Working from home means constantly having to avoid distractions and temptations. You are surrounded by all your own things and offer endless opportunities to deviate from the task. For many of us, this leads to a situation where we do not get much done. Unless you expect to catch Pokémon …
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But what if there was a way to turn off these distractions and go into a hyper-focus state that lets you burn through tasks like Bradley Cooper in Limitless .
There it is, and you've probably experienced it before: it's called a flow state . This is how you get into a flow mode when you work from home, so you can really optimize your time.
What is a flow mode?
Flow status was first described by psychologist Mihály Csíkszentmihályi, who observed them occurred over a wide range of disciplines and even sports.
The term describes a state of extreme focus, which is accompanied by changes in the brain. In particular, the individual experiences something called "transient hypofrontality." The neat term is to say that they experience a decrease in blood flow to the cerebral cortex, followed by a decrease in activity in the region.
Why is this a positive thing? Because while we associate the cerebral cortex with higher thought and planning, it is also responsible for things like anxiety and our inner critics.
In other words, if you think you are thinking things like "I should check Facebook to see what Jeff said about my photo," or "I'm not sure if I do this right, I should just stop "then it comes from your prefrontal cortex.
What we are looking for is the kind of intense focus on just one task that you experience while going to film. You have to be so focused on what you do that you don't even entertain any other thoughts.
This is where you lose time and tasks become almost meditative. It is at this time that the real work is done, and often it is also the most insightful and useful.
It is at this point that the real work is done.
There are subtle differences in play here, but different brain areas are played depending on the type of activity. The point is, however, that at some point the brain is "locked in" to whatever you do and you can blast 10 times as much work. Most people have experienced this at
Now the next question is: how do you get into a flow mode?
The first thing to understand is that flow states require a period of constant, focused work. By definition, a flow state requires that you focus on only one thing so that anything that breaks your concentration or forces you to switch assignments will pull you back to reality.
Estimates indicate that it takes about 30 minutes to get into a flow mode, and in my experience, it's about right. This means that you have to avoid distracting emails or notifications for at least as long.
Flow permits require a period of continuous, focused work.
It also means that you have to fight the temptation to open Facebook, or otherwise move on to another task. An excellent video from BetterIdeas explains how this will often seem harder at one point: almost like hitting the wall when running a marathon.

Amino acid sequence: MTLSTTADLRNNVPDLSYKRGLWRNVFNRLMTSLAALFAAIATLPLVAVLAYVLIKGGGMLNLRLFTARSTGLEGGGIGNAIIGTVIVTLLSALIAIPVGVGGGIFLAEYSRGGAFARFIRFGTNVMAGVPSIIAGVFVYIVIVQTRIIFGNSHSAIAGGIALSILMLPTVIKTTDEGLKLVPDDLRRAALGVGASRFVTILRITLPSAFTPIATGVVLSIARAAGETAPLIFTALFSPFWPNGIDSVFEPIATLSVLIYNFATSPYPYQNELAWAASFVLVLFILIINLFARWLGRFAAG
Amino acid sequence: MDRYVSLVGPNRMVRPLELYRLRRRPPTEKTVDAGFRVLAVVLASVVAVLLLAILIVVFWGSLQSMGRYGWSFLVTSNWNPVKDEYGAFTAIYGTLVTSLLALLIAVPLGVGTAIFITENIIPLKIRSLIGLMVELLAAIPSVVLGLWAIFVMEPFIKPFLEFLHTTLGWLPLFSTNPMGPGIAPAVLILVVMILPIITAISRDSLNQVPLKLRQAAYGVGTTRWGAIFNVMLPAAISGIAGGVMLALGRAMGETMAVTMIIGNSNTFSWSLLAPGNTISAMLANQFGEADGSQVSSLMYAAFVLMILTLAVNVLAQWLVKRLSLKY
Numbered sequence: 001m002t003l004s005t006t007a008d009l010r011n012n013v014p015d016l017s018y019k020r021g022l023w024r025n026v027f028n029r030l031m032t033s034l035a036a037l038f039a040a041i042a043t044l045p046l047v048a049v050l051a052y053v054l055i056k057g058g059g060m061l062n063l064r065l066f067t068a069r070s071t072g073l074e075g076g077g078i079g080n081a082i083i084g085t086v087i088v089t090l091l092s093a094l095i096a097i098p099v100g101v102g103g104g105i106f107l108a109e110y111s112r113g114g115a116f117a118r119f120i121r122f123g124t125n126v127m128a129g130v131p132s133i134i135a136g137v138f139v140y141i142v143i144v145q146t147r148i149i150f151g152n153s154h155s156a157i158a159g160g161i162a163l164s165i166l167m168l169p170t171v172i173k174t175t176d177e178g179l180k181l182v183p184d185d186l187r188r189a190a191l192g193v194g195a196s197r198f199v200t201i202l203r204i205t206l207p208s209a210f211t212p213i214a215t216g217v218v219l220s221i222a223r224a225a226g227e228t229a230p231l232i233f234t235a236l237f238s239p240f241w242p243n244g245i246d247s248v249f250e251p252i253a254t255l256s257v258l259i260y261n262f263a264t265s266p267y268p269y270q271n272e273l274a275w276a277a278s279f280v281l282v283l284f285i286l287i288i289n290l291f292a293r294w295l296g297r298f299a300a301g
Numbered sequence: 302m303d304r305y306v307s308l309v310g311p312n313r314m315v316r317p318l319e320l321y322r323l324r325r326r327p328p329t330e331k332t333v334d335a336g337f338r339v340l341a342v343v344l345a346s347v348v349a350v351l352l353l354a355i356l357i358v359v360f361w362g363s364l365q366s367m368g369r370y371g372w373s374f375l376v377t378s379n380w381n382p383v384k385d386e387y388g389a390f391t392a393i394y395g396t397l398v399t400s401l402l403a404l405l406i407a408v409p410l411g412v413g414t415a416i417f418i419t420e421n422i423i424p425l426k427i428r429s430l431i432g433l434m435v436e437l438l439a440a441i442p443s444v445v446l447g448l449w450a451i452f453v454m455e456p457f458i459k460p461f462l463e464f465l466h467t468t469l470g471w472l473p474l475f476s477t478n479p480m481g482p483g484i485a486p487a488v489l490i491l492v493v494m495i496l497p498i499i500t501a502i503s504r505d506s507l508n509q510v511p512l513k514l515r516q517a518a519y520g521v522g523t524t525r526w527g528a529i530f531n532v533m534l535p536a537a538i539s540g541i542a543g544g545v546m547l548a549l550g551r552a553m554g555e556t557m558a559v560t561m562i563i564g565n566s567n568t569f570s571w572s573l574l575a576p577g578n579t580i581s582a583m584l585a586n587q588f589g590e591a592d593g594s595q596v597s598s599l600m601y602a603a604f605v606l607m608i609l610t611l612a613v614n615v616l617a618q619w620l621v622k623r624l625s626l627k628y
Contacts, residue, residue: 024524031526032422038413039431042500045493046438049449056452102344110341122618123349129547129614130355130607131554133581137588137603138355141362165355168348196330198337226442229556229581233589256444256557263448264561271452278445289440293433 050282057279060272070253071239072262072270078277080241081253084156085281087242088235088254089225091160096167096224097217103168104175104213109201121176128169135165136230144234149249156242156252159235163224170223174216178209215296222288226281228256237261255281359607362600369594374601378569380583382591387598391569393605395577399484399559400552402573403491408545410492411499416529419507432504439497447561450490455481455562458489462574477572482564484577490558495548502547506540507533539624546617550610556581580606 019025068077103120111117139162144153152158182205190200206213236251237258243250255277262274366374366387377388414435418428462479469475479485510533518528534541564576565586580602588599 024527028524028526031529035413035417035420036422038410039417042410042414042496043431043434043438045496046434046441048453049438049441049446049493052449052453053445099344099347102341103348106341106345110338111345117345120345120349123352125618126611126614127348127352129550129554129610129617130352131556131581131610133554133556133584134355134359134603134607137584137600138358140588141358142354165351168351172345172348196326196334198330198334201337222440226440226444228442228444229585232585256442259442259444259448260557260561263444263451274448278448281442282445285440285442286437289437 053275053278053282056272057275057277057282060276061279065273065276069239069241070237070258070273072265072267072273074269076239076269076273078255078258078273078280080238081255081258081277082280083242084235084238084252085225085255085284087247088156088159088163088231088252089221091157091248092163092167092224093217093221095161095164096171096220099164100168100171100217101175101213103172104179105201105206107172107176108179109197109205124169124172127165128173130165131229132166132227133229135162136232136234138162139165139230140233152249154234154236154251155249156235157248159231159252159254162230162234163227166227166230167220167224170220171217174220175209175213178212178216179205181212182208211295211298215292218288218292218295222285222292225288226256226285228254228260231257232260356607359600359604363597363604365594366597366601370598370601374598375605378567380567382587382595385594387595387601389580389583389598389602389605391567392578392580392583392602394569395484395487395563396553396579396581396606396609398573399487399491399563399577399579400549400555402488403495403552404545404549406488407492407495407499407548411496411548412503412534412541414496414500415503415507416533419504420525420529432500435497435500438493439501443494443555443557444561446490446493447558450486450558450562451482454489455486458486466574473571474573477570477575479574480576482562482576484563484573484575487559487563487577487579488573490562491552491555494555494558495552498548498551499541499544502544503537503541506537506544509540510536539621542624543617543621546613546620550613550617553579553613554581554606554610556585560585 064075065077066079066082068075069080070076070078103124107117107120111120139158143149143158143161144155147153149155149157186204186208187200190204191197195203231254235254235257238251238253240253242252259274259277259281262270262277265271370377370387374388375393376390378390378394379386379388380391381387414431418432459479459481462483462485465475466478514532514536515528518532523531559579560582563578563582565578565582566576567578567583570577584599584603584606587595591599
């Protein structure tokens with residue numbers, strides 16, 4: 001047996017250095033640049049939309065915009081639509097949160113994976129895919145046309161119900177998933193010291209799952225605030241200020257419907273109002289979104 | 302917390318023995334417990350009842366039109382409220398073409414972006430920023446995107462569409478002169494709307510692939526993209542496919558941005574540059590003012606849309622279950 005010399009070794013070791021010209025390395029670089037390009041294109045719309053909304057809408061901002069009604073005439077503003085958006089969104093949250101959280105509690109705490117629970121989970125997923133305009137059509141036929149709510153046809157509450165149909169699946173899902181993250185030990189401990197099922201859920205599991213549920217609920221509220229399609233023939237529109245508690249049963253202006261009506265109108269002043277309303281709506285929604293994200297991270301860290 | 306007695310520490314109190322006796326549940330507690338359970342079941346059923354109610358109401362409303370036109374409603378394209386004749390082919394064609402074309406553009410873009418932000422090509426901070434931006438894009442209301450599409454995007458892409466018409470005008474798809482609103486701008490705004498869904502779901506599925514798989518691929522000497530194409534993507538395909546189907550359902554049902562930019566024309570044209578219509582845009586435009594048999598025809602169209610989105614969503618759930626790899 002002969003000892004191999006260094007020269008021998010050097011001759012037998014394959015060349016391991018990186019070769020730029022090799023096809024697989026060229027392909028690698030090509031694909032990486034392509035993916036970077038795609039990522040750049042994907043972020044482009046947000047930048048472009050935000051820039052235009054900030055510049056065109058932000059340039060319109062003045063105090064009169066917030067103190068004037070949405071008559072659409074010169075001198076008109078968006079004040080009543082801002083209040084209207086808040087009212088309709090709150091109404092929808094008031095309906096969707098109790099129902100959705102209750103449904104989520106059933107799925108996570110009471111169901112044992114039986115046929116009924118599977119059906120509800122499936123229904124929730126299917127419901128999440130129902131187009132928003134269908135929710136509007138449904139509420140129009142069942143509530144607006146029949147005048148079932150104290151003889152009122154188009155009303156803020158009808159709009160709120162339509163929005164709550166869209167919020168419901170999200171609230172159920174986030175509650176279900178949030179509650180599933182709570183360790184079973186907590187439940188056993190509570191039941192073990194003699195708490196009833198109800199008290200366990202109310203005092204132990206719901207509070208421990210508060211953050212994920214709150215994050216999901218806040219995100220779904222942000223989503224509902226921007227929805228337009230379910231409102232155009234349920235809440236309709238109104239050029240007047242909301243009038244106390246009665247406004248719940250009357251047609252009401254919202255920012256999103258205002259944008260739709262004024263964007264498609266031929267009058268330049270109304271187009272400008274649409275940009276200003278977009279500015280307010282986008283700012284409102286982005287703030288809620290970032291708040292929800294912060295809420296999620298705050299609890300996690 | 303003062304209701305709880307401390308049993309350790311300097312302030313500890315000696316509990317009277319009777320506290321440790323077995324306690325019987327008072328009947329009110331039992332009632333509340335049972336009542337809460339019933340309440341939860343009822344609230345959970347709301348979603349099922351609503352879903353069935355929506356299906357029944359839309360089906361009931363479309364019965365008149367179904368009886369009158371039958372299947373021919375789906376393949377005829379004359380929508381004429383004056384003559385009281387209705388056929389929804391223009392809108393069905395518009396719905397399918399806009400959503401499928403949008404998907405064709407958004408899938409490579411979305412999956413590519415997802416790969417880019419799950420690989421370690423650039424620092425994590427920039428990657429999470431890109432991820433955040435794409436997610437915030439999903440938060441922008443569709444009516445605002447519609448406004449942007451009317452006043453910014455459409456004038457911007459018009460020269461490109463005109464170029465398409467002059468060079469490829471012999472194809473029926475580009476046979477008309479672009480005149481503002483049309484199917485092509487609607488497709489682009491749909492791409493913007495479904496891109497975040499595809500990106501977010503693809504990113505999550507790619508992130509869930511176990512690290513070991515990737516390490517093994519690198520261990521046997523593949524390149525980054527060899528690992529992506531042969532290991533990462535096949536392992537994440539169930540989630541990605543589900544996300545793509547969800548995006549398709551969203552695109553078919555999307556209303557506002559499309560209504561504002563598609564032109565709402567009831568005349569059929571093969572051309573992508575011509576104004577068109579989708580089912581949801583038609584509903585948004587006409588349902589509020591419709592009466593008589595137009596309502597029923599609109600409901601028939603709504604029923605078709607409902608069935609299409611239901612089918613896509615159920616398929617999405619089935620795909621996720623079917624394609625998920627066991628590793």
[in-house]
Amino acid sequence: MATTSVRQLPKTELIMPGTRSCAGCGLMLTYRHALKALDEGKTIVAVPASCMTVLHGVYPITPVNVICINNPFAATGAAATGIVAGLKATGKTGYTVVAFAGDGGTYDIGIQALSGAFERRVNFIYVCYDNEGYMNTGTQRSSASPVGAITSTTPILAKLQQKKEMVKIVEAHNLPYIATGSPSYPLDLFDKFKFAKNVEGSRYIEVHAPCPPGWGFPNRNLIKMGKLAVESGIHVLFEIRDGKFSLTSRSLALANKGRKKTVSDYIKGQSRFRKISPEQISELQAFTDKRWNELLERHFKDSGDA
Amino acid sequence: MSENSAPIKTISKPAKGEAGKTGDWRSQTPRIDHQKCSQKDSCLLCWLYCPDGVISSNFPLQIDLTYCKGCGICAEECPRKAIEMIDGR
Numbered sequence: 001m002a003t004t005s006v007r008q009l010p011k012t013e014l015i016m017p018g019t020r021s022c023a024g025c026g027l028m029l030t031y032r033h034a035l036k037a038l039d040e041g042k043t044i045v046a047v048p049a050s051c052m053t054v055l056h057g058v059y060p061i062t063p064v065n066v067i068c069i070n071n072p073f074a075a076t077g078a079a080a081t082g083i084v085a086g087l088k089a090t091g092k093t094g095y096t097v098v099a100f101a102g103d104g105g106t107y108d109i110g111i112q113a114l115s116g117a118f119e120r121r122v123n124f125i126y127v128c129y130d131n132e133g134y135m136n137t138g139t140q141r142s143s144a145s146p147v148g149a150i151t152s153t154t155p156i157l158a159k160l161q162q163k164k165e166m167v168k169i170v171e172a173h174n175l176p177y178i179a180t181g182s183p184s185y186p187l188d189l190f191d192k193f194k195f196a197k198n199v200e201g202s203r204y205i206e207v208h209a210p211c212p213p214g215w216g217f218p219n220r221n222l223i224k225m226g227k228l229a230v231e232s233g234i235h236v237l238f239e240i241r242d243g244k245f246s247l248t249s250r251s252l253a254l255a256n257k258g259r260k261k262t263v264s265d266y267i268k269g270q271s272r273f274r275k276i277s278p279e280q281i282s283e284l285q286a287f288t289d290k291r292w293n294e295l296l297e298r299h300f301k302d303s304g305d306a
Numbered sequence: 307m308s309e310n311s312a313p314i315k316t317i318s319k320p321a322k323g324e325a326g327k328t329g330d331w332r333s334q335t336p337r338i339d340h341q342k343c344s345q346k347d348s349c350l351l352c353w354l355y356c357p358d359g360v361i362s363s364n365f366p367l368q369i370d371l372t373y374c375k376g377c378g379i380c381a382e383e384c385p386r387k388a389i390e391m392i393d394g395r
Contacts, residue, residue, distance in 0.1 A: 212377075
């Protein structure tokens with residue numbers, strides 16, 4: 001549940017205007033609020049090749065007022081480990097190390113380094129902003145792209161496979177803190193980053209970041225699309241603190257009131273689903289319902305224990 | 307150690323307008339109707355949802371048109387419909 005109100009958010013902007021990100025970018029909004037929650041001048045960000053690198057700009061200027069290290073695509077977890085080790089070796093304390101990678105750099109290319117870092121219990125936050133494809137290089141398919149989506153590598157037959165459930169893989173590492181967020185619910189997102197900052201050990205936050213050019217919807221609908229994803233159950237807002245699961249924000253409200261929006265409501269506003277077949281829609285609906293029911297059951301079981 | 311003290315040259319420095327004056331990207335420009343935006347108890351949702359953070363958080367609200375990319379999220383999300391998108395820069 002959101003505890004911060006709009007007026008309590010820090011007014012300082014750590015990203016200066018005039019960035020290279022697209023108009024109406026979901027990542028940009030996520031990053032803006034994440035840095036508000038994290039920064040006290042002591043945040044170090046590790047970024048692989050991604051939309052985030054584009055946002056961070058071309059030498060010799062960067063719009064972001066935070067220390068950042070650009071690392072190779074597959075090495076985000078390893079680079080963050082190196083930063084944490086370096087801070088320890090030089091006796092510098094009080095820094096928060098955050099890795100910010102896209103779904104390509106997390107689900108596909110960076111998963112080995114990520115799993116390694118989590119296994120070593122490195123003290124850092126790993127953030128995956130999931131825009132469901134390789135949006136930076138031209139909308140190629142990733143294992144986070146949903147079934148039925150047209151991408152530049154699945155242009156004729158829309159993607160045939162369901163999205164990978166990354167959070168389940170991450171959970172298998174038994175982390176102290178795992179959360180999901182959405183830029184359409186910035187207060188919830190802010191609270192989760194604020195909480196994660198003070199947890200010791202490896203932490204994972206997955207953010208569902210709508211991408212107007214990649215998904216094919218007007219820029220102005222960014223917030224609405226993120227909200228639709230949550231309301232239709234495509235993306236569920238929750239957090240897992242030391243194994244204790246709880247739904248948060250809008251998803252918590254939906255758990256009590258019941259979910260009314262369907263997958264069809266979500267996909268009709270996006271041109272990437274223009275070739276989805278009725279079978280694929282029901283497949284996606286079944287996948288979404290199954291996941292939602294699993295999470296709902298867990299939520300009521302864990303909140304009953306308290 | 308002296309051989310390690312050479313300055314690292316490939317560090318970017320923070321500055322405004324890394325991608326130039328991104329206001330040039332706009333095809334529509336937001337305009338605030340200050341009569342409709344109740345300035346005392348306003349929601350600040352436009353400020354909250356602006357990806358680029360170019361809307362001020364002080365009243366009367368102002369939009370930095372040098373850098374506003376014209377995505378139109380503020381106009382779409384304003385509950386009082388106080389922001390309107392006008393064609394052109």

The key is to be determined enough to push through that barrier and to stay focused anyway. It may be boring now, but eventually you will reach a point where everything else disappears. Just knowing that it can be enough to help you take advantage of much greater productivity.
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The second issue is to make sure that the work you do is challenging without demoralizing, and that in itself it is engaging and interesting to you.
When playing a computer game, it is extremely easy to completely forget everything else you do. Computer games are perfect to create flow states in fact!
There are some reasons for that.
The first is that computer games are action packed, constantly new and ideally cool too. We find it easy to play computer games because we like play computer games!
The second reason is that computer games have a feedback loop with lots of rewards. When you get something right, you hear a pleasant bell or see explosions all over the screen. This sets up reward centers in the brain and releases large amounts of dopamine (which is the brain's motivating hormone).
Finally, computer games are set at the perfect level of difficulty: just hard enough to provide an engaging challenge, but never so unreasonable as to completely tear down your motivation.
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Now compare it to your work: often it is extremely boring and repetitive (really not cool), there is no continuous reward and the difficulty level is often extremely low with occasional nails.
This is also why some tasks are much easier to focus on than others during a work day. I personally think that video editing is extremely addictive while writing articles on topics I am not interested in can be a real problem. This is because video editing is often more creative, but also because it contains an immediate feedback loop. The same goes for programming.
So if you want to know how to get into the flow, you have to do the following:
- Preferably choose information that is intriguing in itself
- If that is not an option, try to either make the assignment interesting or find something about what you can relate to
- Create shorter goals so you get more smaller "gains" during the day
- Track your work so you can see progress  Ask for more responsibility if your work is too easy  Or make it more difficult by increasing your own sand
Like all things, however, it is something that takes practice and time to learn how to get into flow status. Agree, you will eventually find it easier and easier to achieve maximum focus!
What do you think? How do you get into a productive flow mode?